This loop can be hiked in a single long, strenuous day, but with four campgrounds it’s also a good backpacking route. It can also be ridden on horseback or mountain bike. Unless you happen to visit during the Cuneo Creek Endurance Ride in mid-September or the Grasshopper Peak Redwoods Run in early June, the loop offers solitude with no traffic noise and few visitors.
Like all the upland trails in Humboldt Redwoods, this hike can be a little monotonous since the scenery is mostly second-growth and non-redwood forest. But there are still some interesting features. Although the route is almost entirely wooded, due to the elevation change there’s a very gradual evolution in the appearance of the forest. The first third of the hike winds in and out of old-growth redwood uplands, and although it’s not especially impressive (in part because the trail mostly skirts the old growth), there is one small scenic patch of big redwoods at Whiskey Flat Trail Camp. Leaving the camp, the trail climbs into mixed-species conifer forest, which in the last few miles before the summit opens up and becomes somewhat more interesting.
The hike has a strenuous elevation profile and takes at least 7 hours. Except for the short spur trail to the summit, the entire route is on gravel roads. Hiking boots with a deep tread are helpful, as the gravel provides poor footing, especially while descending.
The section of Grieg Road up to Hanson Ridge used to be called the Squaw Creek Multi-Use Trail; from there it was called the Preacher Gulch Multi-Use Trail. The trail was renamed about 2017.
Here’s the trailhead location in Google Maps.
To reach the trailhead, drive west on Mattole Road through Bull Creek Flats. Just past the turnoff for Albee Campground, the road crosses a bridge over Bull Creek. Right before the big trees end and Mattole Read emerges into a prairie, turn left onto the unsigned Grasshopper Multi Use Trail (also known as Grasshopper Road) and then park in one of the two pullouts to your right.
Grasshopper Road immediately leaves the big lowland redwoods behind and begins climbing steadily through more mundane, but still old-growth, redwood uplands. Typically of upland redwoods, the forest is dense with huckleberry and tanoak.
Turn right onto Grieg Road. The road levels out a little but continues to climb through redwood uplands. The trail breaks out into a more open wooded area but then re-enters the redwoods.
The best redwoods of the hike are at Whiskey Flat, where there’s a trail camp located in a small but nice old-growth grove. This is one of the better places to camp among redwoods, except there can be a lot of mosquitoes here.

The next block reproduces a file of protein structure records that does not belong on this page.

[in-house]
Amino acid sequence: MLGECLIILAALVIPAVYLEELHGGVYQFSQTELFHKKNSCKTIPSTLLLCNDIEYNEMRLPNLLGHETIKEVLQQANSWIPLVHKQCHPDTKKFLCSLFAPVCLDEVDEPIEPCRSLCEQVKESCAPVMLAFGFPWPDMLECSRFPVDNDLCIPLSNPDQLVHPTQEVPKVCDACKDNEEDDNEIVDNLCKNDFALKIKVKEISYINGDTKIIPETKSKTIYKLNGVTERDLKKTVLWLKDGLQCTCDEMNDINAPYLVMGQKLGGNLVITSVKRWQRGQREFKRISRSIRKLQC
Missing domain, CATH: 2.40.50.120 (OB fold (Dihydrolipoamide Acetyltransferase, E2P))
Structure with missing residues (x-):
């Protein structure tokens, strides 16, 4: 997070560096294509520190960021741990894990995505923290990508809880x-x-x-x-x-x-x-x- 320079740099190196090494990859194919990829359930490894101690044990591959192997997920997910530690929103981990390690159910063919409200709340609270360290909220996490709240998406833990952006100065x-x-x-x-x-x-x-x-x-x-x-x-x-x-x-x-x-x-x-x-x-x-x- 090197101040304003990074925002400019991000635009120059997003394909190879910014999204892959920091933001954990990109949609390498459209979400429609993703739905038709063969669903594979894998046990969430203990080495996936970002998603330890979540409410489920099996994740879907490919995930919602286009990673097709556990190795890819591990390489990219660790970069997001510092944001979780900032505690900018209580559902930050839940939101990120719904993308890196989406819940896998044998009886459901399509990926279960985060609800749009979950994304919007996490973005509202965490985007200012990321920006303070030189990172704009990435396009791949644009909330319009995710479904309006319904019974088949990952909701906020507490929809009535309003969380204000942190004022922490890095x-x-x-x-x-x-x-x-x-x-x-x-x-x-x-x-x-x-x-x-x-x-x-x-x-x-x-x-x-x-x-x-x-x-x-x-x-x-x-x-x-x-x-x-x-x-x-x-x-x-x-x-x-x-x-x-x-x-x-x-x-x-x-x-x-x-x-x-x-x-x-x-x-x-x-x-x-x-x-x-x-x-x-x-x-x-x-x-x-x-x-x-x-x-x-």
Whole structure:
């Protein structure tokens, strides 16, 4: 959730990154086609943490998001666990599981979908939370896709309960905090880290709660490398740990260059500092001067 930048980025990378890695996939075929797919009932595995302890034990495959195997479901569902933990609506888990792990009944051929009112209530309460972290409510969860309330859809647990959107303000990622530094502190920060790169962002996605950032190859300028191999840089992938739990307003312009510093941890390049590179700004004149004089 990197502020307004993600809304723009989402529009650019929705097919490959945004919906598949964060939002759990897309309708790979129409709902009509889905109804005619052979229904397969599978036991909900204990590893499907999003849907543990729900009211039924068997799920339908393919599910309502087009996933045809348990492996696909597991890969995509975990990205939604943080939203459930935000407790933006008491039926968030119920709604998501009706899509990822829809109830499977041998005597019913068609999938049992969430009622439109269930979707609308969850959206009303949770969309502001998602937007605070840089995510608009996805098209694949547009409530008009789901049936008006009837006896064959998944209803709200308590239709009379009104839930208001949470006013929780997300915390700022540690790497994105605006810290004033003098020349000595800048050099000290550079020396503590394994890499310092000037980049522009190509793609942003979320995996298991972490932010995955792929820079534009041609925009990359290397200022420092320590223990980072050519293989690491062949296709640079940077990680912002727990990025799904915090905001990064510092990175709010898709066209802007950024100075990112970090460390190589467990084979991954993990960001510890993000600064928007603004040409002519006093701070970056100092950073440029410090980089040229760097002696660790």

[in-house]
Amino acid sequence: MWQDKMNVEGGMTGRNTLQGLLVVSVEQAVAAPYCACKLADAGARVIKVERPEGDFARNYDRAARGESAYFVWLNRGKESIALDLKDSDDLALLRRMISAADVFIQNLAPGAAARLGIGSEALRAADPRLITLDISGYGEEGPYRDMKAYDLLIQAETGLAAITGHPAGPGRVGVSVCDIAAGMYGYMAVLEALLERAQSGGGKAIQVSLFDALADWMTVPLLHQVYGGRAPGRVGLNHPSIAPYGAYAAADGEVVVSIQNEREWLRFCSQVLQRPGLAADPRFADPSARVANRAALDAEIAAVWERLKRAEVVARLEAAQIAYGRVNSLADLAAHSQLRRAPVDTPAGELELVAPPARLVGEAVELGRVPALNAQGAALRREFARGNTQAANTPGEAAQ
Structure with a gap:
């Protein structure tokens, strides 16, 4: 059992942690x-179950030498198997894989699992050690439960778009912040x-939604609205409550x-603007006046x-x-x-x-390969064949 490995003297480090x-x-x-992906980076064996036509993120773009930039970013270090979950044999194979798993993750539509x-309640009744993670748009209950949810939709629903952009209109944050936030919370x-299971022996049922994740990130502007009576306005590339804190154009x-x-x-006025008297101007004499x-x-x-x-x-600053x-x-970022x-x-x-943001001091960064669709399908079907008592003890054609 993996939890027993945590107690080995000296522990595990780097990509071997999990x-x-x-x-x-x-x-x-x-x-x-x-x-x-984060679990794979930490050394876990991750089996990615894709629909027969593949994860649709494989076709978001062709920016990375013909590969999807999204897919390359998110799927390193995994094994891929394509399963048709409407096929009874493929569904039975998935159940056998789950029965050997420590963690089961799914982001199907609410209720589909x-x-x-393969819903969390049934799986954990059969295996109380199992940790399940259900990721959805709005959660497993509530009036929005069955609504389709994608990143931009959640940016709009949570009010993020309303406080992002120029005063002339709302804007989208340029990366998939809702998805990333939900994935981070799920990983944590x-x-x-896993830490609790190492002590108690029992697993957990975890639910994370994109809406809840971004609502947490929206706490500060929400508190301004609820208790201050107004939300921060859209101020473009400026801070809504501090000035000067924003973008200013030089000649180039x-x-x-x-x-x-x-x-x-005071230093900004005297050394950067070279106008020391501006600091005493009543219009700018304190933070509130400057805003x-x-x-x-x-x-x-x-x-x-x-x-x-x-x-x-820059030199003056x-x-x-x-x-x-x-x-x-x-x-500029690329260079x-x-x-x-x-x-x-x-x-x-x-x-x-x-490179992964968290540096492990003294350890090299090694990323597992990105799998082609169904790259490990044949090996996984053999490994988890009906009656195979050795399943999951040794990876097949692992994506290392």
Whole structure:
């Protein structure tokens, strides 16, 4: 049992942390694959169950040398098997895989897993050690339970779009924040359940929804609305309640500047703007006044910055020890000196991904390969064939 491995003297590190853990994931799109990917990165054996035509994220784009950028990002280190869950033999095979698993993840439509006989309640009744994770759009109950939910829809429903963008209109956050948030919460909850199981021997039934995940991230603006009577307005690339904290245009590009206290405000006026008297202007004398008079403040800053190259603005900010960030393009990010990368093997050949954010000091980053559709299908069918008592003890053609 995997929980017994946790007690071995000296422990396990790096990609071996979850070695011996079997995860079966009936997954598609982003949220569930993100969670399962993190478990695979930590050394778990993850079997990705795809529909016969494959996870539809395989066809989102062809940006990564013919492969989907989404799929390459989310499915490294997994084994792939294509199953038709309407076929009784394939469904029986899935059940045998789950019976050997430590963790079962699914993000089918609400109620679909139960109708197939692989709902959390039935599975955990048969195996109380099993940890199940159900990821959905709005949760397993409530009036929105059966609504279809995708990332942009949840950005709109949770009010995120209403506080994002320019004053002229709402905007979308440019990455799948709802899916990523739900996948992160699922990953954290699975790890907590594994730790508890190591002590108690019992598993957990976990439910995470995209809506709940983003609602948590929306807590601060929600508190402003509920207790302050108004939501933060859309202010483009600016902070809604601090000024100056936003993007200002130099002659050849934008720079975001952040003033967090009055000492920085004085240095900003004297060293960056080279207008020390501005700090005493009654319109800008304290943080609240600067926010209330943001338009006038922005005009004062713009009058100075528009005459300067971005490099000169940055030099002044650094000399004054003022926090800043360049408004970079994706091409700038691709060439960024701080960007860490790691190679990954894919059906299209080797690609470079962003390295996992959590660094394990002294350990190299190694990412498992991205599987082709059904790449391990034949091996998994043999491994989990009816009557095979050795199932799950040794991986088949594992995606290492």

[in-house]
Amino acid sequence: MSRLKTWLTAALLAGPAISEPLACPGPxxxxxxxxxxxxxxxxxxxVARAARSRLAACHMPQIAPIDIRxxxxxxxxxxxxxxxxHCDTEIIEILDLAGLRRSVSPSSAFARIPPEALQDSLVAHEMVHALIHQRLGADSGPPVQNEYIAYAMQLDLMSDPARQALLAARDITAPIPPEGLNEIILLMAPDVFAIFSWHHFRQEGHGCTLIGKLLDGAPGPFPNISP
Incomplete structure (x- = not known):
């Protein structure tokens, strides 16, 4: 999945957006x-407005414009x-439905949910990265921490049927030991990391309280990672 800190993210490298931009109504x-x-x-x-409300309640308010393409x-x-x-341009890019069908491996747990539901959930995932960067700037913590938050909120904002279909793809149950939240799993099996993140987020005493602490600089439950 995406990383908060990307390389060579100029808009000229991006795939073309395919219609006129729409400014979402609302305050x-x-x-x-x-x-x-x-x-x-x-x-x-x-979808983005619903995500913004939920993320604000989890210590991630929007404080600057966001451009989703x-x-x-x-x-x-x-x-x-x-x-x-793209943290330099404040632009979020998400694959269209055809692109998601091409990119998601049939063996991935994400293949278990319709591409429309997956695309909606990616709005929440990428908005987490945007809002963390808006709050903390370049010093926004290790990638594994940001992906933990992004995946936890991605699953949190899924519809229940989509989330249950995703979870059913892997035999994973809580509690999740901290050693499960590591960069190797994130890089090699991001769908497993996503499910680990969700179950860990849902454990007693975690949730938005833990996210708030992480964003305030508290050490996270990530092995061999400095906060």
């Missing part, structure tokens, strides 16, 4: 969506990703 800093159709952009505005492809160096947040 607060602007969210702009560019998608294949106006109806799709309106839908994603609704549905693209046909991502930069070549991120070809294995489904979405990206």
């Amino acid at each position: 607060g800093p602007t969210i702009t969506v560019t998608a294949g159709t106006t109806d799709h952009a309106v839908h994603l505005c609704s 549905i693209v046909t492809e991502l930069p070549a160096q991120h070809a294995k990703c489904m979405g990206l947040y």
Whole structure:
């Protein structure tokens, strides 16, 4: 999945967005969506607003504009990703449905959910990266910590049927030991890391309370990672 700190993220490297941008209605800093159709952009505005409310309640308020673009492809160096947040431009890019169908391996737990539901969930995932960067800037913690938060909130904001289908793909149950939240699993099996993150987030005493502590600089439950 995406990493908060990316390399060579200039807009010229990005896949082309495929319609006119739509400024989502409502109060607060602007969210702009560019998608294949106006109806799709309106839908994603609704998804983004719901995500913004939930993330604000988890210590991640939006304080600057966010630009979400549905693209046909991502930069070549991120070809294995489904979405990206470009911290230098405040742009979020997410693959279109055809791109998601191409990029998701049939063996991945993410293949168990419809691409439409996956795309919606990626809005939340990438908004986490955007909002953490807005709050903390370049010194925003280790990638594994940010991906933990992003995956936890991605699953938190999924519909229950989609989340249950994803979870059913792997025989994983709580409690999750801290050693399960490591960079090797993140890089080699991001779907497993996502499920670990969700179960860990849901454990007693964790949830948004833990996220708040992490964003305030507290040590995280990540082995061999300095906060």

The old-growth redwoods end almost immediately after Whiskey Flat. The grade picks up again and the road switchbacks up the hillside, finally reaching Hanson Ridge.
(If you have the time and energy for a side trip, Hanson Ridge Road proceeds through a picturesque prairie for a ways before re-entering the woods, eventually entering a nice fir grove that appears to be old-growth (no redwoods though), before ending unceremoniously at a tiny clearing. The road undulates up and down a little but overall is more or less level. Hanson Ridge Trail Camp is a short but steep descent from the road; the isolated campground is in the woods at the edge of a prairie.)
After Hanson Ridge the trail descends somewhat steeply, climbs, and then descends again, crossing several small streams. The road crosses some open meadows.
Turn left onto Grieg Trail, which begins a final, punishing climb. The scenery changes markedly, becoming dry and bare. The road passes a large area of trees that were burned in the Canoe Creek Fire. The devestation at least has the benefit of letting you see some pretty nice views through the dead branches, with (possibly) snow-capped peaks in the distance. Otherwise, almost all the scenic vistas would be hidden by forest.
At the intersection with the Grasshopper Peak Trail is Grasshopper Trail Camp; like Hanson Ridge Trail Camp, it’s located in the woods at the edge of a prairie, but it doesn’t feel as remote. A singletrack trail leads from this intersection up to the peak, where there’s a fire tower and the best views of the hike.
Overall, the ascent, though long, is actually fairly easy given the over-3000 ft elevation gain. There are only a few steep sections and some long, nearly flat sections to break up the climb.
The descent is more heavily-wooded and lush than the ascent. Although the average grade is a reasonable 12%, in fact it feels a little too steep for comfortable walking — so don’t expect the descent to be any faster than the ascent. The long flat section after Squaw Creek comes as something of a relief. Small to medium-sized old-growth redwoods begin to appear near the end of the hike.
© 2010, 2020 David Baselt